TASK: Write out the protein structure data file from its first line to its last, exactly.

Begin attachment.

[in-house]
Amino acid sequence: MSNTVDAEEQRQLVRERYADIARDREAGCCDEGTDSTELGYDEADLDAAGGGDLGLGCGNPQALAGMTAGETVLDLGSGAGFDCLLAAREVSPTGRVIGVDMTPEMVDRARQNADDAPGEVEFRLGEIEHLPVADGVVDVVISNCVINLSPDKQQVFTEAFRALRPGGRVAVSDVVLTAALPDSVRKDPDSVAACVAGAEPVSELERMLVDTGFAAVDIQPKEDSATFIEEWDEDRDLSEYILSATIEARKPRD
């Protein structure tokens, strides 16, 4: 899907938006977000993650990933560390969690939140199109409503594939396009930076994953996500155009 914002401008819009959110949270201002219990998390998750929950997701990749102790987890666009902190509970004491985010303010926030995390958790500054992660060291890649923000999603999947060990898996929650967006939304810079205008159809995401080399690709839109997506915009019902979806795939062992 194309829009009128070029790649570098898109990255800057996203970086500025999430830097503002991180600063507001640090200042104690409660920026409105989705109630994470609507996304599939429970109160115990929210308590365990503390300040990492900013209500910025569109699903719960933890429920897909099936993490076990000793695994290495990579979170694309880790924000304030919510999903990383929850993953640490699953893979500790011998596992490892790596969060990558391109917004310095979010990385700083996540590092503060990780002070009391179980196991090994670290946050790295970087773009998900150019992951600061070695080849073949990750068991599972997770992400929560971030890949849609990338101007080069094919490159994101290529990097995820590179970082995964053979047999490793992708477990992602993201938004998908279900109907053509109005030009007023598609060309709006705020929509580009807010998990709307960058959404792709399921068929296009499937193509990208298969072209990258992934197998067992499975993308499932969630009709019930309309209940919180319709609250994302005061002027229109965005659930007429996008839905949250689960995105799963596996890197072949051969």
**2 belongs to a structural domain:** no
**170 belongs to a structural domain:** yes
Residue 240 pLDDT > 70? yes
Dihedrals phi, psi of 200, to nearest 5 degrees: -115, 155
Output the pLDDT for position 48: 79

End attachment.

[in-house]
Amino acid sequence: MSNTVDAEEQRQLVRERYADIARDREAGCCDEGTDSTELGYDEADLDAAGGGDLGLGCGNPQALAGMTAGETVLDLGSGAGFDCLLAAREVSPTGRVIGVDMTPEMVDRARQNADDAPGEVEFRLGEIEHLPVADGVVDVVISNCVINLSPDKQQVFTEAFRALRPGGRVAVSDVVLTAALPDSVRKDPDSVAACVAGAEPVSELERMLVDTGFAAVDIQPKEDSATFIEEWDEDRDLSEYILSATIEARKPRD
């Protein structure tokens, strides 16, 4: 899907938006977000993650990933560390969690939140199109409503594939396009930076994953996500155009 914002401008819009959110949270201002219990998390998750929950997701990749102790987890666009902190509970004491985010303010926030995390958790500054992660060291890649923000999603999947060990898996929650967006939304810079205008159809995401080399690709839109997506915009019902979806795939062992 194309829009009128070029790649570098898109990255800057996203970086500025999430830097503002991180600063507001640090200042104690409660920026409105989705109630994470609507996304599939429970109160115990929210308590365990503390300040990492900013209500910025569109699903719960933890429920897909099936993490076990000793695994290495990579979170694309880790924000304030919510999903990383929850993953640490699953893979500790011998596992490892790596969060990558391109917004310095979010990385700083996540590092503060990780002070009391179980196991090994670290946050790295970087773009998900150019992951600061070695080849073949990750068991599972997770992400929560971030890949849609990338101007080069094919490159994101290529990097995820590179970082995964053979047999490793992708477990992602993201938004998908279900109907053509109005030009007023598609060309709006705020929509580009807010998990709307960058959404792709399921068929296009499937193509990208298969072209990258992934197998067992499975993308499932969630009709019930309309209940919180319709609250994302005061002027229109965005659930007429996008839905949250689960995105799963596996890197072949051969």
**2 belongs to a structural domain:** no
**170 belongs to a structural domain:** yes
Residue 240 pLDDT > 70? yes
Dihedrals phi, psi of 200, to nearest 5 degrees: -115, 155
Output the pLDDT for position 48: 79